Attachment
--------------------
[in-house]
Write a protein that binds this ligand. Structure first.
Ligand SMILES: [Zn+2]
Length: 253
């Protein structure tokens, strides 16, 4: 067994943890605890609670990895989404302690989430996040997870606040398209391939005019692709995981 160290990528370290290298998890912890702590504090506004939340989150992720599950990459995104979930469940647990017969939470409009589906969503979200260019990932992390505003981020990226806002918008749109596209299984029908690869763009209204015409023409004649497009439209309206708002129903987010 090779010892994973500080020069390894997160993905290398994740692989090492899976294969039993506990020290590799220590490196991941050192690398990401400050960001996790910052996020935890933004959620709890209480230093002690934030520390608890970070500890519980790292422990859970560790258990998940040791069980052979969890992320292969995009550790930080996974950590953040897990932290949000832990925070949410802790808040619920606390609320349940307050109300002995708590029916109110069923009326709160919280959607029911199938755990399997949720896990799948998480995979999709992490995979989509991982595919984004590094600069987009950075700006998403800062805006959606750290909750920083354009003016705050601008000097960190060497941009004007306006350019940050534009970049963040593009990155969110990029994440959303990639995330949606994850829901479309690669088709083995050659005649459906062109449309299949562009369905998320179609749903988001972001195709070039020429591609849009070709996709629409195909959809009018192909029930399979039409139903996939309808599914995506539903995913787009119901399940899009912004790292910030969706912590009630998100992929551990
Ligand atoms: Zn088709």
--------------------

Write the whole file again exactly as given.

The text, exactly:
[in-house]
Write a protein that binds this ligand. Structure first.
Ligand SMILES: [Zn+2]
Length: 253
């Protein structure tokens, strides 16, 4: 067994943890605890609670990895989404302690989430996040997870606040398209391939005019692709995981 160290990528370290290298998890912890702590504090506004939340989150992720599950990459995104979930469940647990017969939470409009589906969503979200260019990932992390505003981020990226806002918008749109596209299984029908690869763009209204015409023409004649497009439209309206708002129903987010 090779010892994973500080020069390894997160993905290398994740692989090492899976294969039993506990020290590799220590490196991941050192690398990401400050960001996790910052996020935890933004959620709890209480230093002690934030520390608890970070500890519980790292422990859970560790258990998940040791069980052979969890992320292969995009550790930080996974950590953040897990932290949000832990925070949410802790808040619920606390609320349940307050109300002995708590029916109110069923009326709160919280959607029911199938755990399997949720896990799948998480995979999709992490995979989509991982595919984004590094600069987009950075700006998403800062805006959606750290909750920083354009003016705050601008000097960190060497941009004007306006350019940050534009970049963040593009990155969110990029994440959303990639995330949606994850829901479309690669088709083995050659005649459906062109449309299949562009369905998320179609749903988001972001195709070039020429591609849009070709996709629409195909959809009018192909029930399979039409139903996939309808599914995506539903995913787009119901399940899009912004790292910030969706912590009630998100992929551990
Ligand atoms: Zn088709």